My father, a news reporter, drank without missing a single day. When I started my first job, my mother told me to bring home a box of soju, a purchase my father usually made, using my first paycheck. I was later told that my younger siblings made it a family tradition by doing the same when they received their first paychecks. I still remember the way my father smiled when he received that box of soju. It was a look of immense approval. I couldn’t tell whether his approval came from the fact that his daughter had made her first earnings as a teacher or whether it was at the box of soju itself. Even after he rose through the ranks at the newspaper he worked for, my father always drank the soju with a toad logo.

He would walk from the Shinchon roundabout, pass the pine tree-lined road by Yonsei University, and trudge over a hill to reach our house in Yeon-Hee Dong. On cold winter days, he would wrap his scarf over his head and stop in front of Yonsei University at Havana Bakery for steamed buns and dumplings wrapped in wood shavings . When my father, tipsy and humming a tune, neared our house, the neighborhood dogs would start barking furiously and my siblings and I would run out in our long johns yelling, “It’s Dad! It’s Dad!” At the time, I was more excited about the bread my father brought home rather than his arrival.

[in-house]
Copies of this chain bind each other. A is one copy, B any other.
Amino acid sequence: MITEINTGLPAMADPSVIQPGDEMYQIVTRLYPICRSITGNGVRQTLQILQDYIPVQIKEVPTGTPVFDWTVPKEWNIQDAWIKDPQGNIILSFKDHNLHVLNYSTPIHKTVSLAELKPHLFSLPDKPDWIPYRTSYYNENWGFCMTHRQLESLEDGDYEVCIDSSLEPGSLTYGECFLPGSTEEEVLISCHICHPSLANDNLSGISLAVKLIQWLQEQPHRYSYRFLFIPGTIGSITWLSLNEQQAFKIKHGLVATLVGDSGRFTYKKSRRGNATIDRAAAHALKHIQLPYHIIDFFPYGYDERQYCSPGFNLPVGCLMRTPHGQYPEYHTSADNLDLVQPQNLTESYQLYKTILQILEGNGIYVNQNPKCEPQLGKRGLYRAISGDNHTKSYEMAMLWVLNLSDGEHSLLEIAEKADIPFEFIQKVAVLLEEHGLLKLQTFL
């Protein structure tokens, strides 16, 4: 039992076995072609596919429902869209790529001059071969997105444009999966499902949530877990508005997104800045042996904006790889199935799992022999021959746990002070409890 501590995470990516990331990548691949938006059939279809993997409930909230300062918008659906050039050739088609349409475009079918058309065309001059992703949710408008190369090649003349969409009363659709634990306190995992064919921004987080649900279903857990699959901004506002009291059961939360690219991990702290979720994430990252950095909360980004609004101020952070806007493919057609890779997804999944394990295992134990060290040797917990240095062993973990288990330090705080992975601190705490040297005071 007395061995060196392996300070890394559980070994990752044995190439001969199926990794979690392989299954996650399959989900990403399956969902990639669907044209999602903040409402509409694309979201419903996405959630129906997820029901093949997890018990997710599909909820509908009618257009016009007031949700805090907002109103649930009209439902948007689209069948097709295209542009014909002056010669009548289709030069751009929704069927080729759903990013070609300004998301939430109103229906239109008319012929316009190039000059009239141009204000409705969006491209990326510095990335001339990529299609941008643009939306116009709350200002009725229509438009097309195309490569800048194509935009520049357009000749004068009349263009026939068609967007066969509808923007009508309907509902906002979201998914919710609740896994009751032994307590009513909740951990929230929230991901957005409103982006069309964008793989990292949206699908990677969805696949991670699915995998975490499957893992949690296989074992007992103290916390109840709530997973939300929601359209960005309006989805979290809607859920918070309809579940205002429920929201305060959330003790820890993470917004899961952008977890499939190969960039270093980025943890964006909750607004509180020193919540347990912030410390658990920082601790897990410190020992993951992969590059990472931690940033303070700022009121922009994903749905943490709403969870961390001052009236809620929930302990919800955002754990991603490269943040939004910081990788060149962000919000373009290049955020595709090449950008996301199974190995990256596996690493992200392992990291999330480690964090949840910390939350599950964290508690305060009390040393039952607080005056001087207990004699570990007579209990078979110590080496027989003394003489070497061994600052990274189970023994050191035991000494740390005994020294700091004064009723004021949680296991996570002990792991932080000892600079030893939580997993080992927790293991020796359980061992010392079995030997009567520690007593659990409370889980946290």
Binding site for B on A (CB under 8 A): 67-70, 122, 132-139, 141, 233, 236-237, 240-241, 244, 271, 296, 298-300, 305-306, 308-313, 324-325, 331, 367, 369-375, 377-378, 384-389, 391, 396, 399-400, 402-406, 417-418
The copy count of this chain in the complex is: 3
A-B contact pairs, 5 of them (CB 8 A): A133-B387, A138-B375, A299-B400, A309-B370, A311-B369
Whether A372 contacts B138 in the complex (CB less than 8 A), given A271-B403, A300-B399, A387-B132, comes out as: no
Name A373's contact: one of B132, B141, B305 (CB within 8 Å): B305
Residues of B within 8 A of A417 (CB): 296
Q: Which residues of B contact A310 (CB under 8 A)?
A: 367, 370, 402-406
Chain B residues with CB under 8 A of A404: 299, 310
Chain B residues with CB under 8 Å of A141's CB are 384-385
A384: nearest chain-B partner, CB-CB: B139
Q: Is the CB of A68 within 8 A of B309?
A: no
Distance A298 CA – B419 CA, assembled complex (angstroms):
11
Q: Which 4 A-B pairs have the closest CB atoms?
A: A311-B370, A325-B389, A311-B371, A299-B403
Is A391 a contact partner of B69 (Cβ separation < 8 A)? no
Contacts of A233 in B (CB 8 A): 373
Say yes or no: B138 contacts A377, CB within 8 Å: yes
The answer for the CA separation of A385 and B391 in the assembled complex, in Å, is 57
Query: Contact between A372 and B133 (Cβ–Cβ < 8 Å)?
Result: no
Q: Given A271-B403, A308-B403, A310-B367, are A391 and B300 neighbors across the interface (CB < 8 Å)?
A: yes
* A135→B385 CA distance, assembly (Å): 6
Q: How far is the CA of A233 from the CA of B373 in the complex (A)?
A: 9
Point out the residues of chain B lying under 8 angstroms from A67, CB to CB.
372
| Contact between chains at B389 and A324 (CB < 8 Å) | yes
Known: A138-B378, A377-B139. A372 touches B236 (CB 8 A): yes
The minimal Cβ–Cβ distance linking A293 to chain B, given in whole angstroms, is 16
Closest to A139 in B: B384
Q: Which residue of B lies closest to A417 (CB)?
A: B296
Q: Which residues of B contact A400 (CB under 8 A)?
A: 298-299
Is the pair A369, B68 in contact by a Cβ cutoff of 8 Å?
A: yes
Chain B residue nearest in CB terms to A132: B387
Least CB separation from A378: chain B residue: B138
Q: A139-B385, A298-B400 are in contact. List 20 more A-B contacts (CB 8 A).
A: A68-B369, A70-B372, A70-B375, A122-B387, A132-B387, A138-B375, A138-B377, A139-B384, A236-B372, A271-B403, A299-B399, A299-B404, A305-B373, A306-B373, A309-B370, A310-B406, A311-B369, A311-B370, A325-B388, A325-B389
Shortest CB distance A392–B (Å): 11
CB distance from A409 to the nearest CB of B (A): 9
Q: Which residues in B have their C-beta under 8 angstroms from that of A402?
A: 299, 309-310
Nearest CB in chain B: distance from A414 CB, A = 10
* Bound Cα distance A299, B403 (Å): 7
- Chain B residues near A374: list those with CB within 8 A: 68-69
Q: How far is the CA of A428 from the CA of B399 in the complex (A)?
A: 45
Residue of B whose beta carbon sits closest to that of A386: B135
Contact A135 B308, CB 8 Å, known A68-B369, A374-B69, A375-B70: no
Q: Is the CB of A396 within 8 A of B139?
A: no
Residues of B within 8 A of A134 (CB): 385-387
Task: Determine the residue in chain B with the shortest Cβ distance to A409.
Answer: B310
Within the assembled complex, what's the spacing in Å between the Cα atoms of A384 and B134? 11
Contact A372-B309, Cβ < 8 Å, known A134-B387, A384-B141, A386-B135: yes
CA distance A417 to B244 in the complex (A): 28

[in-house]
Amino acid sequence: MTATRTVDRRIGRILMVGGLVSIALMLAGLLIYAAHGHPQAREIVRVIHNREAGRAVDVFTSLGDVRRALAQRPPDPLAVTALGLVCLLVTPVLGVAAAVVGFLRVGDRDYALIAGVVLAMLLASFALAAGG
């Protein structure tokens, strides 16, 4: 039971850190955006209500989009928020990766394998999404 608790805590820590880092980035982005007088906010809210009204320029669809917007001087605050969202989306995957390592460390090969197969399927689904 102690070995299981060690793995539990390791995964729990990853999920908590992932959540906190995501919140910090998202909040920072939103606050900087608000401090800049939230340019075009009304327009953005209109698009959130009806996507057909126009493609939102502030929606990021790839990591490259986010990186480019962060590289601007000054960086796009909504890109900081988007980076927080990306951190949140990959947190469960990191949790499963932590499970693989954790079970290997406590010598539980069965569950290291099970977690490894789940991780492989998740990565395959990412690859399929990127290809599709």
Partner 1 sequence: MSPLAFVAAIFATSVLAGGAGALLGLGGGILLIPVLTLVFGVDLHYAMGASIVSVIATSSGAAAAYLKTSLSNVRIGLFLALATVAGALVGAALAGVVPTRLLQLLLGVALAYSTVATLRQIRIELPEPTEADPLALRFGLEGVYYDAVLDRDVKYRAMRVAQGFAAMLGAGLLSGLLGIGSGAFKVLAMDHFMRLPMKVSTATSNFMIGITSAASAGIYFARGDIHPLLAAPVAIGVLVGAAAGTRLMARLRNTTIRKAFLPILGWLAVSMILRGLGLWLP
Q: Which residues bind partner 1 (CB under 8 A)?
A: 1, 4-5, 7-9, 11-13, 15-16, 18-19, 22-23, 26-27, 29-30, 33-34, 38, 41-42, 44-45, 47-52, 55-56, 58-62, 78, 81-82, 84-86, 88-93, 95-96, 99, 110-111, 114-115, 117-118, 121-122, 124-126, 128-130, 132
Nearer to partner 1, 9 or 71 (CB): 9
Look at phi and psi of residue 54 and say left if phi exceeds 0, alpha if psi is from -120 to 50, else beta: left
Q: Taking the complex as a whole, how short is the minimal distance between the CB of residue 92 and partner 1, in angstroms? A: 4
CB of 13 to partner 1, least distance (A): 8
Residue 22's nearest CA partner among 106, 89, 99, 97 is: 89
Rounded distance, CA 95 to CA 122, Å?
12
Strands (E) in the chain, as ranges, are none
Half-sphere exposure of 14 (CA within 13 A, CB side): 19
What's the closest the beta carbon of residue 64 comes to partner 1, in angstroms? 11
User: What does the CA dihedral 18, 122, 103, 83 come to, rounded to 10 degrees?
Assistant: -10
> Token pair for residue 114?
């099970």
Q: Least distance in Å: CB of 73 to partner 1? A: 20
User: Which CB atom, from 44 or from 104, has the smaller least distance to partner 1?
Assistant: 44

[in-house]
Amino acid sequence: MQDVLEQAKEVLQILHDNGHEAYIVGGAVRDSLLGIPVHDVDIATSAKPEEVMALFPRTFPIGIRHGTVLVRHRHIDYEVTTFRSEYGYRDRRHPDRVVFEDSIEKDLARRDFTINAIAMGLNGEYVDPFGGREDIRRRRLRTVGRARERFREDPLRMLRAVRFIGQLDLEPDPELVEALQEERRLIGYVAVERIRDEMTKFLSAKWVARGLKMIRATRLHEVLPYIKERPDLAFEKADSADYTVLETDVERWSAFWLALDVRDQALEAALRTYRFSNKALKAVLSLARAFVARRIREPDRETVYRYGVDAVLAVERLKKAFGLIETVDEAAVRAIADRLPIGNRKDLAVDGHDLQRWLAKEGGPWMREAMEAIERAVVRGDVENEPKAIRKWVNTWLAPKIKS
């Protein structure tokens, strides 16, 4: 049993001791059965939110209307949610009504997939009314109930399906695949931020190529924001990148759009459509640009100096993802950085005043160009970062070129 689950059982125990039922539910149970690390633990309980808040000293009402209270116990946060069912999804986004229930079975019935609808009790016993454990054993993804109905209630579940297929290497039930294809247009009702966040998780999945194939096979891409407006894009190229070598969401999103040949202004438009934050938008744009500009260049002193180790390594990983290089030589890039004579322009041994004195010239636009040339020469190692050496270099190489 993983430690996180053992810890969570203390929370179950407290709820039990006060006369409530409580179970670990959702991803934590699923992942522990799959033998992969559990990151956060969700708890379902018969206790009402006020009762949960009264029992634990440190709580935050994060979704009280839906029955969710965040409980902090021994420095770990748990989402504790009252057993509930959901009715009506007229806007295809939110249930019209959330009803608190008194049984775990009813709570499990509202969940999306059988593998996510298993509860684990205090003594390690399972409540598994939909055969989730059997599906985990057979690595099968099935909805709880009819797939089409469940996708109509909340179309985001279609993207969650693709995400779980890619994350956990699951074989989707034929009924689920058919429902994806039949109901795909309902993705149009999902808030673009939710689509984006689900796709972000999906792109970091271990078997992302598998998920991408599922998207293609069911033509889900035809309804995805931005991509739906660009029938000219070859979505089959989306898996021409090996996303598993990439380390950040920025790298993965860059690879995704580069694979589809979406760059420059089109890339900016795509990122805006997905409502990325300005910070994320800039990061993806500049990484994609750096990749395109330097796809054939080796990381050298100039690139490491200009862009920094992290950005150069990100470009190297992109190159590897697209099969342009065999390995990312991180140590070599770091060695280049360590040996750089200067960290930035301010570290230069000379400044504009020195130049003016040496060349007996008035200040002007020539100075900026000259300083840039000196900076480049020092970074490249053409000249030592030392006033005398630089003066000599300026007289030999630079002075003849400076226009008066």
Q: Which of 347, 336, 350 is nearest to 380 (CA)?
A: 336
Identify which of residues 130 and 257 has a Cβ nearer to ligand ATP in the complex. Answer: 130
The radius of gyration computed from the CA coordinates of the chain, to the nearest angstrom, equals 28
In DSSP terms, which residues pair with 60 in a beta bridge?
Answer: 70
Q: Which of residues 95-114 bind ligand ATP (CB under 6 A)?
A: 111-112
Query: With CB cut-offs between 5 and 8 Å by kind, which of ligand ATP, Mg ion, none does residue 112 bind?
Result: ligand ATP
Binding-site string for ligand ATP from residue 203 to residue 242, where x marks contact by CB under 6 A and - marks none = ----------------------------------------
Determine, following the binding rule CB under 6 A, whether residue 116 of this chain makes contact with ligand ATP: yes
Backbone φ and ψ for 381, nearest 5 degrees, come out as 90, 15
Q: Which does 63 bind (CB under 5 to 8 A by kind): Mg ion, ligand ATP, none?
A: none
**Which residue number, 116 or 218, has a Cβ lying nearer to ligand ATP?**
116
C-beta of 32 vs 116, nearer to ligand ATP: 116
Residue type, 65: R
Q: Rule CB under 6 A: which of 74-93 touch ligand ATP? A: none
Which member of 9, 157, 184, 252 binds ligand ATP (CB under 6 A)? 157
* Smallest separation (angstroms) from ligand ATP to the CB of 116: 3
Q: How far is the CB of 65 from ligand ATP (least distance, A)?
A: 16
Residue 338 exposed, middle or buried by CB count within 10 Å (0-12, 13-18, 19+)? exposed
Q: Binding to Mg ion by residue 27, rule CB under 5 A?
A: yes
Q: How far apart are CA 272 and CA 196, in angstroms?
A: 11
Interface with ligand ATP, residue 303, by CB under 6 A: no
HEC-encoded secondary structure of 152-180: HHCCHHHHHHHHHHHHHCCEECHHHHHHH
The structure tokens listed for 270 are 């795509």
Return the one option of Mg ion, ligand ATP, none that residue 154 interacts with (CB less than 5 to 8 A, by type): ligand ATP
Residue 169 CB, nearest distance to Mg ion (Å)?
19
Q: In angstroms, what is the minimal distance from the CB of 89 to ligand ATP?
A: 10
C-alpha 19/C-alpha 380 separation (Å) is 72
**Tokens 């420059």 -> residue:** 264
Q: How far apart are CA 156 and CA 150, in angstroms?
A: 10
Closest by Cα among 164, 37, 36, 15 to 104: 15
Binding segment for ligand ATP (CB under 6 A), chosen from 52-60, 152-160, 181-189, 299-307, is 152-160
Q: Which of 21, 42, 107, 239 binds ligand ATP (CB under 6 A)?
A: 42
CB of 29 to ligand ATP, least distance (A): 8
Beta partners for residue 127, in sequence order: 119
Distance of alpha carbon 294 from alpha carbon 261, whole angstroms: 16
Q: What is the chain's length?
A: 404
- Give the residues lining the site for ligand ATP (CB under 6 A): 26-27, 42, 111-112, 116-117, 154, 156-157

On the days he didn’t go to his regularly frequented bars in Moo-Kyo Dong or Chung-Jin Dong, he would bring his poet friends to our house. I am reminded of how his penniless poet friends would catch the chickens we raised and imbibe soju all night. Seeing how many of my father’s poems were about drinking, I am almost certain that he preferred drinking over eating.

When my retired father made his annual visits to America, he would mow the lawn, do paint touchups around the house, and pick up my son after school, granting me a much-needed respite during his two month stay. It was not until long after that I regretted buying my father only the soju he regularly drank in Korea. Even though we were in America, the land of a mind-numbing array of liquors and spirits, I naturally assumed soju was his drink of choice. It escaped my mind that I had a cabinet full of Ballantine’s and Royal Salute whiskies I received as gifts over the years.